Each summer as Maine skiers turn to other pursuits, the ski areas get busy trying to get as much done in a short season as possible. The small hills spend thousands simply maintaining lifts, trails and equipment, while the big resorts can spend a million or more just keeping things up to snuff. On top of this normal maintenance, add the expansions and you’re talking real money.

One major budget item for every ski area is snowmaking, with major resorts running into the millions each season. The recent drop in oil costs have eased concerns somewhat, but ski areas throughout the region have been taking steps to reduce energy consumption for years. Virtually every ski area is investing in new technology in snowmaking.

Steve Kircher, president of Eastern Operations for Boyne, told a Portland audience early in November that the company was actually reducing energy consumption while increasing snowmaking output. “We’ve been seeing this in the super efficient tower guns that now line ski trails, and now giant fan guns are being brought in to further improve efficiency in this crucial aspect of operating a ski area.” Skiers may not notice the different snowguns, but there is plenty that will be noticed.

Sunday River ($14 million) and Sugarloaf ($5 million) are now under the management of Michigan-based Boyne and are receiving upgrades, the biggest a new “Chondola” at Sunday River. The lift, with a combination of chairs and gondola cars, will allow skiers direct access to North Peak from South Ridge and will also make it possible for non-skiers to dine at the top in the evening while skiers enjoy some night runs.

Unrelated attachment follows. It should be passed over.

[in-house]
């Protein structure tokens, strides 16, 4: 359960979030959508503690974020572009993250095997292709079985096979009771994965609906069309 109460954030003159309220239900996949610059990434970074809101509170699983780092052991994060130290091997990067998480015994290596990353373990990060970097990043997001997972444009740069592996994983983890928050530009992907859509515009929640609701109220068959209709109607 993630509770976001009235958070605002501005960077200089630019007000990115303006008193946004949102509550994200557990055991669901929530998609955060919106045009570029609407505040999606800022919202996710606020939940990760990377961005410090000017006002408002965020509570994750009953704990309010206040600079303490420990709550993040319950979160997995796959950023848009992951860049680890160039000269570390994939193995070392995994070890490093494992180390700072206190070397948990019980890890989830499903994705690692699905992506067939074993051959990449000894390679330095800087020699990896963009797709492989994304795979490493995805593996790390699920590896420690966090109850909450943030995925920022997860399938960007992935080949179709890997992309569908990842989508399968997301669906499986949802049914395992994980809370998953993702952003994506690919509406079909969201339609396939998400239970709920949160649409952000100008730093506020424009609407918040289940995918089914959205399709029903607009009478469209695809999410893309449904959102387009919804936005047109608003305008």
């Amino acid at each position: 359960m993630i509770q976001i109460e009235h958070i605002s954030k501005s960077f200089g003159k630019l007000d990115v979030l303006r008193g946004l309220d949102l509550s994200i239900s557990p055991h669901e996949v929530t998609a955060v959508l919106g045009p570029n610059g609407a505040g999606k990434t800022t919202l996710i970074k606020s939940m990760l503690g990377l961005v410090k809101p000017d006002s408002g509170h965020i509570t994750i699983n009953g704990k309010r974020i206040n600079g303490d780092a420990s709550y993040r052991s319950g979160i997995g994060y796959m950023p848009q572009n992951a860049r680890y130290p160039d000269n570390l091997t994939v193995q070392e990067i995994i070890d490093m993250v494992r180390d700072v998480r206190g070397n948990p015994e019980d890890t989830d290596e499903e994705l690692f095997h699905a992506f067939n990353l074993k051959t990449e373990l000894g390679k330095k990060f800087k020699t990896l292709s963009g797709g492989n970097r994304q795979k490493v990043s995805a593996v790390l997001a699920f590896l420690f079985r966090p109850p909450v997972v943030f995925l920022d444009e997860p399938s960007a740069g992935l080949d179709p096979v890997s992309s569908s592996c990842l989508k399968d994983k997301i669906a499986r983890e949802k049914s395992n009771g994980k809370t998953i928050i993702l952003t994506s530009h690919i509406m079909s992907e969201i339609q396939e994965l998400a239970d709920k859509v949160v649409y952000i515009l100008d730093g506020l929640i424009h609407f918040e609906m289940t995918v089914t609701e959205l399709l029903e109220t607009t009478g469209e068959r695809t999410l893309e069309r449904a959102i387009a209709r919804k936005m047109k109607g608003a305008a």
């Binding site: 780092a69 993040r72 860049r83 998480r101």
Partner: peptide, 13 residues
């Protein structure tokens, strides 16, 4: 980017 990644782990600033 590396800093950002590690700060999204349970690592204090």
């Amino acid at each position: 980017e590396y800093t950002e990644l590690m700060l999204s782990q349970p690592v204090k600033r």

At Saddleback, a $1.5 million quad chair has been installed to replace the Kennebago T-Bar, just one more installment on a comprehensive plan that has tripled the size of the base lodge and added lifts, trails, snowmaking and lodging since the Berry family took over a few years ago. New expert trails have been added in the bowl to the east, good news for advanced skiers, but even better news for intermediates who had trouble riding the steep T-bar. There is an easy run from the summit with spectacular views, but most missed out as they avoided the T-bar. The new chair will make the trip up easy.

The big news from Shawnee Peak is a base lodge expansion in the form of a 40×40 foot addition with glass walls and atrium ceilings. The southern exposure is ideal for solar heating and will even help heat the rest of the lodge.

Mount Abram, under new ownership of Matt Hancock and Rob Lally, has invested $350,000 to extend the children’s Magic Carpet on West Side, add to the tubing park, upgrade snowmaking and make other improvements.

Black Mountain has improved snowmaking capacity by dredging the pond to increase the water supply. An additional groomer will speed up grooming.

Lost Valley, which hosted the sixth annual Maine Ski Hall of Fame banquet in October, is implementing snowmaking improvements, adding terrain park features, expanding cross country trails with work being done by members of the Auburn Nordic Ski Association.

This is just a sampling of the major projects. Every ski area in Maine is busy wrapping up a busy off-season to give us ever better skiing.

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